As an excited adoptive mother-to-be, I found this book to include completely unnecessary, anxiety-producing, and sometimes even judgemental information and commentary. After having experienced 5 years of infertility, AND read so many brilliant reviews about this book, I expected to encounter text that would conclusively lead me joyfully toward sourcing my children. Instead, I read ridiculous quips that urged me to "never underestimate the power of my social worker," second-guess myself in terms of the level of my education (I hold a terminal graduate degree), my age (40), and my decision to adopt internationally. I finally had to put the book away. Once tucked away, my husband and I breezed through our home study (no need for the anxiety caused by the countless "tips" about what to say and what not to say to your social worker), the building of our dossier, and are now awaiting the identification of a baby that will soon be ours. For sensitive folks like me, I do not recommend this book. There are several others that are much more helpful, supportive and informative.
We beat the odds! Mar 25, 2001
After meeting a woman in a local parking lot who was hand in hand with a precious biracial little boy and engaging in an "adoption conversation", we contacted Mrs Martin and asked some simple questions, read her first book from cover to cover, and began our "baby search. About 16 months months later, (7/98) with the assistance of Dru and Cynthia as our adoption facilitators we became the proud parents of a healthy newborn biracial beautiful baby girl! We followed their steps and instructions and it WORKS!!! I have since read this book and passed them both on to prospective parents.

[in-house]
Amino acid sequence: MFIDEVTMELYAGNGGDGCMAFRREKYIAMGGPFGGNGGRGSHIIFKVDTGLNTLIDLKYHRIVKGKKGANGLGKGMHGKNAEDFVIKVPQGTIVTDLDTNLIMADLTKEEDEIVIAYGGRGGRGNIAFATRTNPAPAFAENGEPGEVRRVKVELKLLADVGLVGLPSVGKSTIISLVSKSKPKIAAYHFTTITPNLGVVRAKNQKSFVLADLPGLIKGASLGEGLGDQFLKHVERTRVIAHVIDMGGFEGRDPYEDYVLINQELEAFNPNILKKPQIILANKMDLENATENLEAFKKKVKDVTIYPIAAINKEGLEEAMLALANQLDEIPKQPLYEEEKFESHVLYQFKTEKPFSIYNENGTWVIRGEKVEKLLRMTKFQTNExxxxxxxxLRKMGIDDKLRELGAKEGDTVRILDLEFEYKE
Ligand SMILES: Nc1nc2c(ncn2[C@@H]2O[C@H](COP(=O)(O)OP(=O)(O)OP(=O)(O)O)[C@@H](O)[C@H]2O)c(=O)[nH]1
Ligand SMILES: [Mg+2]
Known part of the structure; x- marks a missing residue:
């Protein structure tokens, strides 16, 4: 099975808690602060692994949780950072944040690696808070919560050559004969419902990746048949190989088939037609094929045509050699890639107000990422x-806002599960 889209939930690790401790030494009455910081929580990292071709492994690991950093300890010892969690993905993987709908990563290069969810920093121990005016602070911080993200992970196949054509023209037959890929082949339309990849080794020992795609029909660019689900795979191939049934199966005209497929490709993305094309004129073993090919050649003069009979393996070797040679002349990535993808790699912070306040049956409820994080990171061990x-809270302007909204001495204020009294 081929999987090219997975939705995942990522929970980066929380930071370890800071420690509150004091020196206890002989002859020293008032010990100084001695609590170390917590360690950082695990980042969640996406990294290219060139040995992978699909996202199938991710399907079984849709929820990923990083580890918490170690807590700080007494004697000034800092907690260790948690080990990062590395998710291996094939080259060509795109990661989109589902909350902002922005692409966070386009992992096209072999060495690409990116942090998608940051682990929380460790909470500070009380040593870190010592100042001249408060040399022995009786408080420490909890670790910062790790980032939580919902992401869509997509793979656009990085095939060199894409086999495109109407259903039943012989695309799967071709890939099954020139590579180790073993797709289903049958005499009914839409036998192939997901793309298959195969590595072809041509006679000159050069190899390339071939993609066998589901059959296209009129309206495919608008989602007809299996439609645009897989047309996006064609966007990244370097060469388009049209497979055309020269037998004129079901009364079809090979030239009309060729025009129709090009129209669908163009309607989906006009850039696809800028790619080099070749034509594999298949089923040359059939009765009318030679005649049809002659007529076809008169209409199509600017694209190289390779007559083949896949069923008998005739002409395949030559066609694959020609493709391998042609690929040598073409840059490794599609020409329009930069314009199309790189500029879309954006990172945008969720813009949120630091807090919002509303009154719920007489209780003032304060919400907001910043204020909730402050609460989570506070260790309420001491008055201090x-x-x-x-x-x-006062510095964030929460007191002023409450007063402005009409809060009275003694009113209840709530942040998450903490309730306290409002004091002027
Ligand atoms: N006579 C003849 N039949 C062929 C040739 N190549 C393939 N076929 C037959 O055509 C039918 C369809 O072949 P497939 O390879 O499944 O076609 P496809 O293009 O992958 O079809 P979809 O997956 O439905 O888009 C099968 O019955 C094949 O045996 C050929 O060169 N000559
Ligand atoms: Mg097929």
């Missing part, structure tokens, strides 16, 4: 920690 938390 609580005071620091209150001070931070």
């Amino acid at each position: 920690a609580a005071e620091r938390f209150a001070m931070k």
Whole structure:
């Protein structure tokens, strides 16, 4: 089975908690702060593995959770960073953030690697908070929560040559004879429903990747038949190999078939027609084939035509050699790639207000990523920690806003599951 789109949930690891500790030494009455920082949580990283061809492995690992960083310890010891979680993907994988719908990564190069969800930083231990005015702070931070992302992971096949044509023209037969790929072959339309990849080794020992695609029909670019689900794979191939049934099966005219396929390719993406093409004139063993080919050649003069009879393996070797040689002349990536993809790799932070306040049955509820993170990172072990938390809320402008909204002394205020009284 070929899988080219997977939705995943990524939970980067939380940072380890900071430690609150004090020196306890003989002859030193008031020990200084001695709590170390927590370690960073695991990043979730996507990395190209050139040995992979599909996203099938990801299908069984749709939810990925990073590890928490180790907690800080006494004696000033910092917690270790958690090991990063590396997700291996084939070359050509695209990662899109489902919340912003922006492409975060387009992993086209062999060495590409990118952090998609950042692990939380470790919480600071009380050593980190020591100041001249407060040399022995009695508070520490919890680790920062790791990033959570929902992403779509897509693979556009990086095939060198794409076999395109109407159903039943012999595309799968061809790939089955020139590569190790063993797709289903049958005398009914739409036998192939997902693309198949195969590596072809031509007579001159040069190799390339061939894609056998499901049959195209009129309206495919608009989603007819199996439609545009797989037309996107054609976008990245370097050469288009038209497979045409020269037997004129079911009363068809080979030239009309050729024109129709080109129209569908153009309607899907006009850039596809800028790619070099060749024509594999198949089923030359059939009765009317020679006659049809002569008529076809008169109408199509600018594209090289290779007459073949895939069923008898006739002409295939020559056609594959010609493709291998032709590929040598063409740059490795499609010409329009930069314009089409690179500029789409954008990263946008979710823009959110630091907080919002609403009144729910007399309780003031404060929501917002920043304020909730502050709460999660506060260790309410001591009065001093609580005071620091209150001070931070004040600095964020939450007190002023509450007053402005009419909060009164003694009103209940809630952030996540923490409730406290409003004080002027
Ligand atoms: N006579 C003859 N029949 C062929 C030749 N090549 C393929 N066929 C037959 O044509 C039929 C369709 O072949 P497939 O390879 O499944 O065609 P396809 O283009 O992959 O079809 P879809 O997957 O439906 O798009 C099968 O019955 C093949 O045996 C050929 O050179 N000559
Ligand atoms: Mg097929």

Preparing for an adoption Jan 3, 2001
As an adult adoptee and a married woman who hopes to adopt soon, I found this book to be realistic and comprehensive. It earns extra points for being the collaborative work of an adoptive mother and her daughter, both now working in adoption. Perhaps their understanding of adoption from so many angles is what makes this book stand out as THE handbook for prospective adoptive families. The criticism from a UK reader really doesn't hold much weight. Cynthia and Dru facilitate adoptions with an emphasis on placing African-American and bi-racial babies. Reading this book is time well spent for anyone creating a family through adoption -- including extended family and friends who want insight into what's happening with the adoptive family. I recommend this book to everyone I know that is considering adoption.
Head, maybe, but no heart Oct 1, 2000
This should really be re-titled "how to get a healthy white newborn as fast as possible with no questions asked".
I was appalled by the book's total lack of any ethical perspective.
A few examples: the author advises readers to lie to adoption agencies in order to be approved as adoptive parents (she dismisses the idea that some people might make unsuitable adoptive parents by saying that prospective abusers will get to children anyway and that unsuitable parents will get children on the blackmarket!) She suggests searching for birth mothers in areas of high unemployment as this makes it more likely that birthmothers will be unable to afford to raise their babies themselves.
She even argues that there's nothing wrong with black market adoption except its illegality, and that birthparents should be free to selll babies for profit to those who want to buy.
The "heart" referred to in the title seems to have no trouble treating children as commodities.